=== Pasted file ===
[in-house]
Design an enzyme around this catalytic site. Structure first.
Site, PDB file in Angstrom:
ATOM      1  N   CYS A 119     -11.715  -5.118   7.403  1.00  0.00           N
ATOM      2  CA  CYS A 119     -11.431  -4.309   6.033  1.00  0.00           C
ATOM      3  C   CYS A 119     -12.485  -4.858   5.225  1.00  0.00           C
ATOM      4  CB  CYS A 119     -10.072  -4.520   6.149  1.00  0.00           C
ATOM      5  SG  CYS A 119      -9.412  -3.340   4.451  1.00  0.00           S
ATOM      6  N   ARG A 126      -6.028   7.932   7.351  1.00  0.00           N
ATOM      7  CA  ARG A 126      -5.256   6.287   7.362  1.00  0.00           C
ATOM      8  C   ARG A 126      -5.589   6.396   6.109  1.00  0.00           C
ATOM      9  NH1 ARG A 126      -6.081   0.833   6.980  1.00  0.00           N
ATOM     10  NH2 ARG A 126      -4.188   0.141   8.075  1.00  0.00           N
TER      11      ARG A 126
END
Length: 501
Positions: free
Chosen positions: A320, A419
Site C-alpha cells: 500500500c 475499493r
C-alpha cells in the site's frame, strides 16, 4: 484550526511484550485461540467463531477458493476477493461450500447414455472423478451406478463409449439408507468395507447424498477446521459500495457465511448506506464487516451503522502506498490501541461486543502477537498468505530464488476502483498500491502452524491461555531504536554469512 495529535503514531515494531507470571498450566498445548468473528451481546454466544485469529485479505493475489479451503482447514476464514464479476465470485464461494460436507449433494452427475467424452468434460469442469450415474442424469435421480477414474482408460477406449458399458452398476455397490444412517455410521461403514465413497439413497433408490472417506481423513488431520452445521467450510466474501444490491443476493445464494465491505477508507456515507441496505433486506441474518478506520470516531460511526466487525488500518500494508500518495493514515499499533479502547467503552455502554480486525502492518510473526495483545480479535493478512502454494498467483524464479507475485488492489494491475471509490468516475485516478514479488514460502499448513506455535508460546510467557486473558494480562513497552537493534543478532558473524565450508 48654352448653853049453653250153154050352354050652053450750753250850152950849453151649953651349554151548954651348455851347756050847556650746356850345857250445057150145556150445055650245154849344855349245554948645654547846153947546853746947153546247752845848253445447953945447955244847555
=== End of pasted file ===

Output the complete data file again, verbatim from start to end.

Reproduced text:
[in-house]
Design an enzyme around this catalytic site. Structure first.
Site, PDB file in Angstrom:
ATOM      1  N   CYS A 119     -11.715  -5.118   7.403  1.00  0.00           N
ATOM      2  CA  CYS A 119     -11.431  -4.309   6.033  1.00  0.00           C
ATOM      3  C   CYS A 119     -12.485  -4.858   5.225  1.00  0.00           C
ATOM      4  CB  CYS A 119     -10.072  -4.520   6.149  1.00  0.00           C
ATOM      5  SG  CYS A 119      -9.412  -3.340   4.451  1.00  0.00           S
ATOM      6  N   ARG A 126      -6.028   7.932   7.351  1.00  0.00           N
ATOM      7  CA  ARG A 126      -5.256   6.287   7.362  1.00  0.00           C
ATOM      8  C   ARG A 126      -5.589   6.396   6.109  1.00  0.00           C
ATOM      9  NH1 ARG A 126      -6.081   0.833   6.980  1.00  0.00           N
ATOM     10  NH2 ARG A 126      -4.188   0.141   8.075  1.00  0.00           N
TER      11      ARG A 126
END
Length: 501
Positions: free
Chosen positions: A320, A419
Site C-alpha cells: 500500500c 475499493r
C-alpha cells in the site's frame, strides 16, 4: 484550526511484550485461540467463531477458493476477493461450500447414455472423478451406478463409449439408507468395507447424498477446521459500495457465511448506506464487516451503522502506498490501541461486543502477537498468505530464488476502483498500491502452524491461555531504536554469512 495529535503514531515494531507470571498450566498445548468473528451481546454466544485469529485479505493475489479451503482447514476464514464479476465470485464461494460436507449433494452427475467424452468434460469442469450415474442424469435421480477414474482408460477406449458399458452398476455397490444412517455410521461403514465413497439413497433408490472417506481423513488431520452445521467450510466474501444490491443476493445464494465491505477508507456515507441496505433486506441474518478506520470516531460511526466487525488500518500494508500518495493514515499499533479502547467503552455502554480486525502492518510473526495483545480479535493478512502454494498467483524464479507475485488492489494491475471509490468516475485516478514479488514460502499448513506455535508460546510467557486473558494480562513497552537493534543478532558473524565450508 48654352448653853049453653250153154050352354050652053450750753250850152950849453151649953651349554151548954651348455851347756050847556650746356850345857250445057150145556150445055650245154849344855349245554948645654547846153947546853746947153546247752845848253445447953945447955244847555